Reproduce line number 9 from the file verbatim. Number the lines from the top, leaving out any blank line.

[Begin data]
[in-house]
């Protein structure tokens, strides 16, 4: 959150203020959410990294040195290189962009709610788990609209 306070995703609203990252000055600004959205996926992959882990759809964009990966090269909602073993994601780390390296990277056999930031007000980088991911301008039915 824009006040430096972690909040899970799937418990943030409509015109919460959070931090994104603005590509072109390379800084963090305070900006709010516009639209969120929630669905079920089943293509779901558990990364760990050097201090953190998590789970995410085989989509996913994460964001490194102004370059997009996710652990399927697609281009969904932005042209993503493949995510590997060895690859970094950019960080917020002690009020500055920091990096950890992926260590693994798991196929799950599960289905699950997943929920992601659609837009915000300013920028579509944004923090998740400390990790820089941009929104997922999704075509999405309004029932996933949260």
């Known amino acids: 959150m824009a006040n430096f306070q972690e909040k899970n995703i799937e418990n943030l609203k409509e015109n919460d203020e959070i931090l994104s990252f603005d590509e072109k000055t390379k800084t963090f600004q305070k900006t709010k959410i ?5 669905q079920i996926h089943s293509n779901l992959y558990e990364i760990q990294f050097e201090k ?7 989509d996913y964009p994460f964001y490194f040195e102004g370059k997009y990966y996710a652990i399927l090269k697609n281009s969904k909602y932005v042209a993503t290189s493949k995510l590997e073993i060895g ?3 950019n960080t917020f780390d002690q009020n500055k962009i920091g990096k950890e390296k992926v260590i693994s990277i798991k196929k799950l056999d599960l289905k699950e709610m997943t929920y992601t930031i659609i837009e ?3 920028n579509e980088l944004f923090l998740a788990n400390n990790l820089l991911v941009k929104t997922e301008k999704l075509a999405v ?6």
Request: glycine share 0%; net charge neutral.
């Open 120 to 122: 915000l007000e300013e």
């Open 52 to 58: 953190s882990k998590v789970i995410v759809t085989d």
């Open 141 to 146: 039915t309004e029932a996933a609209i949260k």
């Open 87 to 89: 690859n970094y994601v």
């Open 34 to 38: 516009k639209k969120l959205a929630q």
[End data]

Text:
């Open 34 to 38: 516009k639209k969120l959205a929630q």